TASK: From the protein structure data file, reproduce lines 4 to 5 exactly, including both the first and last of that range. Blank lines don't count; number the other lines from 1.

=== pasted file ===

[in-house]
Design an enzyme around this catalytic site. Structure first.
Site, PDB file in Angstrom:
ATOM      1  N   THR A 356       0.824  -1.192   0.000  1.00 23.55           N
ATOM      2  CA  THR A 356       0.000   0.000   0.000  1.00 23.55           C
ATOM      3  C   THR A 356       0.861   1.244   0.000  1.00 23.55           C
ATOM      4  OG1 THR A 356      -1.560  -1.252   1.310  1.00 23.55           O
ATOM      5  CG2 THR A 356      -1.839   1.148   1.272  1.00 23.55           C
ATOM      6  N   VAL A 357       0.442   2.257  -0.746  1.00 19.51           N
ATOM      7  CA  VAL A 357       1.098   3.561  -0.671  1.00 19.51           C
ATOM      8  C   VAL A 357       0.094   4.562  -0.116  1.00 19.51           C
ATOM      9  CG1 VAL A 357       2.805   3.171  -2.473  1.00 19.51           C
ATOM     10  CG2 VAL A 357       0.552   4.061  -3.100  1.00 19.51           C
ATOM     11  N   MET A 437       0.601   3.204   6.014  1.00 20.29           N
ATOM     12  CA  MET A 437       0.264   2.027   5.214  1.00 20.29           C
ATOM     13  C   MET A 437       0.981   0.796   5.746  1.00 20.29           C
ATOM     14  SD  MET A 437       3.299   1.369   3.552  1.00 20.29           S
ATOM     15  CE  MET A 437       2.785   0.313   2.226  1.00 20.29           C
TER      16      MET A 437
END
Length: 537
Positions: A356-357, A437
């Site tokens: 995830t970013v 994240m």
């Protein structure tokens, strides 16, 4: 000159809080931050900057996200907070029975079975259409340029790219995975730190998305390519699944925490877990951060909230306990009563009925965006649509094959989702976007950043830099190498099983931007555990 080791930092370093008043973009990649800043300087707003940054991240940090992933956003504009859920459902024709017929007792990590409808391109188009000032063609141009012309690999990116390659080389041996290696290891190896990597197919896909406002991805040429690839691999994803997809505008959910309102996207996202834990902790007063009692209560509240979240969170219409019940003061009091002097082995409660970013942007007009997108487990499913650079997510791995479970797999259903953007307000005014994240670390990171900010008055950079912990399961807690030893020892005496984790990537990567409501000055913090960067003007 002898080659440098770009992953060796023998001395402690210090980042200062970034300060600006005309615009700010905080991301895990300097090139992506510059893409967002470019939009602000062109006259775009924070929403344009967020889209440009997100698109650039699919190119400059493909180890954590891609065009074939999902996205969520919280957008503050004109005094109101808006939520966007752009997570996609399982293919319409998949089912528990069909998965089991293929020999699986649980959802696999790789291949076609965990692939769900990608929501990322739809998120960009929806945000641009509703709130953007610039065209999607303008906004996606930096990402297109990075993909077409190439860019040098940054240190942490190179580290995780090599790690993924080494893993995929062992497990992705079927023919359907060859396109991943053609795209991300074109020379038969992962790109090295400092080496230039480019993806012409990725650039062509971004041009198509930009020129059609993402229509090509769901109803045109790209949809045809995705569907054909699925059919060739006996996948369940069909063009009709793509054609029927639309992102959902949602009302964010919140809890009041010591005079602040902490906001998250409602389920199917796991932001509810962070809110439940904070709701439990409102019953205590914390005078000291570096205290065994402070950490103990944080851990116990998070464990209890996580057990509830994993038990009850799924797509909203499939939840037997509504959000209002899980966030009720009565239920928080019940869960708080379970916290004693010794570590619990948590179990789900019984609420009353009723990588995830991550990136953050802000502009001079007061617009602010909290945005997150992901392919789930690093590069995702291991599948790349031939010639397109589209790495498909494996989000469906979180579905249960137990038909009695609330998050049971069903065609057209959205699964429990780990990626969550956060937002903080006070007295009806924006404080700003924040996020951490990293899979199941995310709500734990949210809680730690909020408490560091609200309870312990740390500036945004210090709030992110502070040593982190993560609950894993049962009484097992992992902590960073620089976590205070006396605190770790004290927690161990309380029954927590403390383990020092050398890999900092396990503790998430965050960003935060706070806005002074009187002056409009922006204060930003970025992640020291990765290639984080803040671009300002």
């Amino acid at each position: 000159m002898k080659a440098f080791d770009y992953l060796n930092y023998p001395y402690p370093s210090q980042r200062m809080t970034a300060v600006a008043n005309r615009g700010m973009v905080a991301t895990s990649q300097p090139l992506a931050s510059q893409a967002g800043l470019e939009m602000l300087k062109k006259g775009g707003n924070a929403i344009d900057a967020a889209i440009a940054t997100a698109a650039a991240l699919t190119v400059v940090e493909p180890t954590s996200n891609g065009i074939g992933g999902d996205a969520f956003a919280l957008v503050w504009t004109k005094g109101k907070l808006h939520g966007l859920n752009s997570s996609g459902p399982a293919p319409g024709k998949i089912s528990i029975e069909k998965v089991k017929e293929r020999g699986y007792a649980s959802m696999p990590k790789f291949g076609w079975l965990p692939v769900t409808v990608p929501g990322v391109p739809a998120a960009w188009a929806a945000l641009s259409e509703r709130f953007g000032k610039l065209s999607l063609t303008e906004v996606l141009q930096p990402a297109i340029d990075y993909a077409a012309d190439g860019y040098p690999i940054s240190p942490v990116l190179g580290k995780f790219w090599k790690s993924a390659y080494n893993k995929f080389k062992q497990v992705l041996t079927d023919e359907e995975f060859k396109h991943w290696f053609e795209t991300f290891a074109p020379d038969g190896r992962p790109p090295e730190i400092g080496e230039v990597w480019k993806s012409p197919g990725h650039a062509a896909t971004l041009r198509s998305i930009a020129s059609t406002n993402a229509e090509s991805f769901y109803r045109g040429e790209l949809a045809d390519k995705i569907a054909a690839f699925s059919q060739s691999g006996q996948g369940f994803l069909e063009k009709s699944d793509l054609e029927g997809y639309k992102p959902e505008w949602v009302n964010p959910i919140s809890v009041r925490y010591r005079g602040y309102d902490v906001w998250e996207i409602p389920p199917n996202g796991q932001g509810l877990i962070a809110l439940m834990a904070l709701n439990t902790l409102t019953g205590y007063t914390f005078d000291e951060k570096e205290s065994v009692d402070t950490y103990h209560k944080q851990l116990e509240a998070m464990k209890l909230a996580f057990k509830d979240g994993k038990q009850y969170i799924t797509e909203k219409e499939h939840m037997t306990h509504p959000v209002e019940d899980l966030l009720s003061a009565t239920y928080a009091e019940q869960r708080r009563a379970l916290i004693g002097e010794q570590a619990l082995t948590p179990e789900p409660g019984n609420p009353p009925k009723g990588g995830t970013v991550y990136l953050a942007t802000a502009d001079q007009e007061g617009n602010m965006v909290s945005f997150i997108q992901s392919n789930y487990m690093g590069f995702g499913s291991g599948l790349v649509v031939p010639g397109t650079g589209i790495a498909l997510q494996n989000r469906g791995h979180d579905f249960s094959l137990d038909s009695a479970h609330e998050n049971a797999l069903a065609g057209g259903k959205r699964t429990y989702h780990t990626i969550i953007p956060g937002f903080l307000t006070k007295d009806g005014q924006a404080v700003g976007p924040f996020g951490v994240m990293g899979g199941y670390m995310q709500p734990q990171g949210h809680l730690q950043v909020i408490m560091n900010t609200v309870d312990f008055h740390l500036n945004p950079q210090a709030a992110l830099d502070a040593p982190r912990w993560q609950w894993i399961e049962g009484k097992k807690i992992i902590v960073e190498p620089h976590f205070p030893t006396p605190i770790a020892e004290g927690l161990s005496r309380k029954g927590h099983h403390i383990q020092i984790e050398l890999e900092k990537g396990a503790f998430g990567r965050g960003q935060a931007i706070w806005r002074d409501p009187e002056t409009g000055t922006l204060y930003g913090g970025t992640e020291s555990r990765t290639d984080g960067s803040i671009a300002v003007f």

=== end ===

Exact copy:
ATOM      1  N   THR A 356       0.824  -1.192   0.000  1.00 23.55           N
ATOM      2  CA  THR A 356       0.000   0.000   0.000  1.00 23.55           C